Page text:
Tag Archives: Albert Capellani

Albert Capellani – The Red Lantern (1919)

[The Red Lantern] tells the story of a Eurasian, Joan of Arc-like heroine, Mahlee, who forsakes her own people to live among white Europeans, until political tumult draws her back across the color line to foment anti-imperialist uprising in China’s 1900 Boxer Rebellion. While Mahlee literally “hears voices” (à la Joan of Arc) that compel her to revolutionary action, star actress Alla Nazimova doubles in this role as Mahlee and as her estranged white [half]-sister, Blanche Sackville. Blanche’s sister from another mother (i.e., their white British father’s Chinese mistress), Mahlee struggles with her simultaneous attraction and repulsion towards her kinfolk colonizers — and more pointedly with the politics of British colonialism in fin-de-siècle China. Read More »

André Antoine & Léonard Antoine & Albert Capellani – Quatre-vingt-treize aka Ninety-Three (1921)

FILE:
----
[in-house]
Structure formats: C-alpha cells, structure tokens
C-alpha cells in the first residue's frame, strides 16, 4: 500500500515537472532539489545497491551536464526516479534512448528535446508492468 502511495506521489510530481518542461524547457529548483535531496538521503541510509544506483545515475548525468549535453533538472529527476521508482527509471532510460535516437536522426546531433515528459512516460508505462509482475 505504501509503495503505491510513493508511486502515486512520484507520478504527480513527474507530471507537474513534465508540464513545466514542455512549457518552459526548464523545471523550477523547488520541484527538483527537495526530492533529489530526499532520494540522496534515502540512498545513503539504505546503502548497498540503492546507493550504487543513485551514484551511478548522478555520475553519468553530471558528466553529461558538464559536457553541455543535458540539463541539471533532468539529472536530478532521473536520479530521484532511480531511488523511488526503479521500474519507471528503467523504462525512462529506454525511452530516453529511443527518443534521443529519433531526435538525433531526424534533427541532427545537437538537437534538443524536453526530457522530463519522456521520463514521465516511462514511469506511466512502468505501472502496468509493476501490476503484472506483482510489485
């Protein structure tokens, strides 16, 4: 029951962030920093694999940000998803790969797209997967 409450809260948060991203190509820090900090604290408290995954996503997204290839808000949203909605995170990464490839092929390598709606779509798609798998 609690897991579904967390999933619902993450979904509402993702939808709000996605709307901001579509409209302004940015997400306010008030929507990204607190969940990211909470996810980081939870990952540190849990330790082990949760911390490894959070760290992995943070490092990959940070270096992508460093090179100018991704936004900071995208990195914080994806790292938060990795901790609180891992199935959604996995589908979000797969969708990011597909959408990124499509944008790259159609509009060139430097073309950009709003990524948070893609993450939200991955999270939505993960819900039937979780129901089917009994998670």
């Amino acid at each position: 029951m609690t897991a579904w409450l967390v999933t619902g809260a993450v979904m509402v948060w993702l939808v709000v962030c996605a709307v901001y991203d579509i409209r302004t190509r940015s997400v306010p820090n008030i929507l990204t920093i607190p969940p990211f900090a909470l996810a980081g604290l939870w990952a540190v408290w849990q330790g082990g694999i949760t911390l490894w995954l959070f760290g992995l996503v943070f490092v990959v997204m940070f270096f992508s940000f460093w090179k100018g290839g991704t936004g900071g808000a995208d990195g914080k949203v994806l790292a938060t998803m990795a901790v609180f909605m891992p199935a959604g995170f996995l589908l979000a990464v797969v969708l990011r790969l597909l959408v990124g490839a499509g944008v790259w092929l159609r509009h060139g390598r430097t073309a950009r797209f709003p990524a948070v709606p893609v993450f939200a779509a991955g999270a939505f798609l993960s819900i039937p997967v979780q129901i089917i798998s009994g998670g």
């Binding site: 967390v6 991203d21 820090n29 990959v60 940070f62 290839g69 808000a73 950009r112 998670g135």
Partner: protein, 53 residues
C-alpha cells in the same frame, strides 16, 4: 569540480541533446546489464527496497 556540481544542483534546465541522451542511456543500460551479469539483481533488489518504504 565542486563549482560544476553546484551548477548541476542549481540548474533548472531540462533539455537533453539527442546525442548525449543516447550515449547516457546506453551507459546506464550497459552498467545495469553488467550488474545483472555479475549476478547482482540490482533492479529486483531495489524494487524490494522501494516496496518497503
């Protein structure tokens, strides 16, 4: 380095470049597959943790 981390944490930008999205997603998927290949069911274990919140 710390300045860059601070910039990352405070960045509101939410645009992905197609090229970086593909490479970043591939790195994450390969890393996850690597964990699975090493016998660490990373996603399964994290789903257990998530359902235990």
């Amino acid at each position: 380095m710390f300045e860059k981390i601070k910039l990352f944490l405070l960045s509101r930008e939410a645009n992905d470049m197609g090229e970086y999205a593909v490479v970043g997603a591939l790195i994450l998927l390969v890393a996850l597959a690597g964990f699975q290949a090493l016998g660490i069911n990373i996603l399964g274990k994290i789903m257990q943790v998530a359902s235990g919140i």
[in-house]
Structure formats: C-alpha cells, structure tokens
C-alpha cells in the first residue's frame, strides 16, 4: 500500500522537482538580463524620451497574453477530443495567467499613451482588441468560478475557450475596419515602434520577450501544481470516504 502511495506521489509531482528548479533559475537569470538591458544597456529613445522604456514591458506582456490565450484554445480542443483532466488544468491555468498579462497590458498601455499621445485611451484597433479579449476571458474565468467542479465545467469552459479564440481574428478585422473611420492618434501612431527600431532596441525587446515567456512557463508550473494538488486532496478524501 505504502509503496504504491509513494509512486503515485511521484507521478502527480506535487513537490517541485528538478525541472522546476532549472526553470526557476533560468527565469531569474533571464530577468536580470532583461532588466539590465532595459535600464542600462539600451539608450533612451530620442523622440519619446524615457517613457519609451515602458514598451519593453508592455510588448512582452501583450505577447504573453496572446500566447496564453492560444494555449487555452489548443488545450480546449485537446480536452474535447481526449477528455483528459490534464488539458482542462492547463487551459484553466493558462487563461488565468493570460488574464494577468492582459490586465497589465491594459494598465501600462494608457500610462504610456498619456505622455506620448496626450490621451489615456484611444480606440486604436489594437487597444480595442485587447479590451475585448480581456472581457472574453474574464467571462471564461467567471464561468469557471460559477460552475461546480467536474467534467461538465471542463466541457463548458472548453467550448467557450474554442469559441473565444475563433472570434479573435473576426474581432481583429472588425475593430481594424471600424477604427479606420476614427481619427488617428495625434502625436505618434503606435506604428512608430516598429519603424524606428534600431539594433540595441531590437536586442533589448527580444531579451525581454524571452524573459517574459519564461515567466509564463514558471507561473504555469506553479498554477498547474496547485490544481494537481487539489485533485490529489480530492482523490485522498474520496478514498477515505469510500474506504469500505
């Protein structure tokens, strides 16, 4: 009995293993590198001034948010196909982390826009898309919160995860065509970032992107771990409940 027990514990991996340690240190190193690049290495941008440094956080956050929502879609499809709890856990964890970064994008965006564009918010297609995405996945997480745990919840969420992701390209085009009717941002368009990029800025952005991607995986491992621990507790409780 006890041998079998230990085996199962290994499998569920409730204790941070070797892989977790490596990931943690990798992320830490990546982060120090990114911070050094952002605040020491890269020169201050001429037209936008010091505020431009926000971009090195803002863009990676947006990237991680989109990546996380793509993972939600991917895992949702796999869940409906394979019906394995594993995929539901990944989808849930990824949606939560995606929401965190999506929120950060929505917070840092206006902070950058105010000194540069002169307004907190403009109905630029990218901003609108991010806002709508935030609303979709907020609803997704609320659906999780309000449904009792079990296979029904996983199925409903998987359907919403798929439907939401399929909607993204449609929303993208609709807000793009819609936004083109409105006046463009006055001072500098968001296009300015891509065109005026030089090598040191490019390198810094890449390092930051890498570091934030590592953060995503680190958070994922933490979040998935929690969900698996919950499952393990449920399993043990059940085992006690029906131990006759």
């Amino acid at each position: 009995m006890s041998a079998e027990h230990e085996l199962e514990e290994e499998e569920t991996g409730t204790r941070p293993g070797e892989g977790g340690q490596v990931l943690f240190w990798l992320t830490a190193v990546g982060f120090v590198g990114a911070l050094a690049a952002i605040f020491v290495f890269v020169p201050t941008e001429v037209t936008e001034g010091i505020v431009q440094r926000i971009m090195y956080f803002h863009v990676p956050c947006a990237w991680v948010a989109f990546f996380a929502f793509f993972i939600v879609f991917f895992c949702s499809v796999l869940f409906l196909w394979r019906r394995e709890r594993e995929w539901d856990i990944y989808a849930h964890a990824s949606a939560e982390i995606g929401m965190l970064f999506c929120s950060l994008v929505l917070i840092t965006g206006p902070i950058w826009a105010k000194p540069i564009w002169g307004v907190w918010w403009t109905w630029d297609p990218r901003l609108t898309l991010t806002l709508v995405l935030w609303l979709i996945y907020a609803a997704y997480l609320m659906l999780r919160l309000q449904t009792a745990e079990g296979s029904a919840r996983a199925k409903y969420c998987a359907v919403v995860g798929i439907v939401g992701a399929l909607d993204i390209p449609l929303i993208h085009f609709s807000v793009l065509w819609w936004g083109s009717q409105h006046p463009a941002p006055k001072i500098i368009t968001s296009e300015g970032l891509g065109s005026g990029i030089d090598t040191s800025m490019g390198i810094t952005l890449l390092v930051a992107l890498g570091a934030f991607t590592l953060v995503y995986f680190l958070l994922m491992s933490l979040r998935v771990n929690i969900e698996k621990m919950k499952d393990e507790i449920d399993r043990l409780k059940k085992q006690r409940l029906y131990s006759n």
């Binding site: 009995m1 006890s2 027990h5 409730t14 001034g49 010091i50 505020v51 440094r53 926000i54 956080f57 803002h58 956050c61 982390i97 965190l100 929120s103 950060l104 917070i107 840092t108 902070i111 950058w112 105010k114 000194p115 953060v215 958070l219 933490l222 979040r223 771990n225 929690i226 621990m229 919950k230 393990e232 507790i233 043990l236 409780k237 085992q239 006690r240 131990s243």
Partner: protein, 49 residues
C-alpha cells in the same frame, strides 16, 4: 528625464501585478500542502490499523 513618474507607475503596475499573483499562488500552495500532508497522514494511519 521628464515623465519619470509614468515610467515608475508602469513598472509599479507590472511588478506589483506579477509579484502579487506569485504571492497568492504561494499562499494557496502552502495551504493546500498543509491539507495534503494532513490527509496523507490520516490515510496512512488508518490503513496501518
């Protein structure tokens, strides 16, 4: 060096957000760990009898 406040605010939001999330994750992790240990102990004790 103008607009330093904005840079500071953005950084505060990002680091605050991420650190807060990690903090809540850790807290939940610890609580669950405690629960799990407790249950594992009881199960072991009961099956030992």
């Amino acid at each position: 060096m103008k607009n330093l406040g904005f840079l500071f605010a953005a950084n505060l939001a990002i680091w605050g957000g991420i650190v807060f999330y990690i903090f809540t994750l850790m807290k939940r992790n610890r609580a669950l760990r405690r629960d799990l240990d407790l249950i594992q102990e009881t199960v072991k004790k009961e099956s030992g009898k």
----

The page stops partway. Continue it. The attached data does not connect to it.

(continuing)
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“Quatre-vingt-treize (Ninety-three, 1914/1921) by Albert Capellani & André Antoine with Paul Capellani, Henry Krauss and Philippe Garnier

The story takes place in Brittany in 1793 during the Terror. While the Marquess of Lantenac (P. Garnier) joins the Chouans (royalist insurgents), his nephew Gauvain (P. Capellani) becomes a soldier in the Revolutionary army. The third character is the former priest, Cimourdain, who becomes the head of the Revolutionary army. He was the one who opened Gauvain’s eyes to the new ideas by giving him Rousseau to read. In this adaptation of Victor Hugo’s novel the destiny of the three characters are heading for collision. The film shooting was stopped abruptly by the beginning of WWI. A few years later, André Antoine took over as Capellani was unavailable to finish it as he was in America. The film didn’t came out until 1921. Obviously, in the space of 7 years, cinema had moved forward dramatically and Quatre-vingt-treize was undoubtedly dated when it came out. Read More »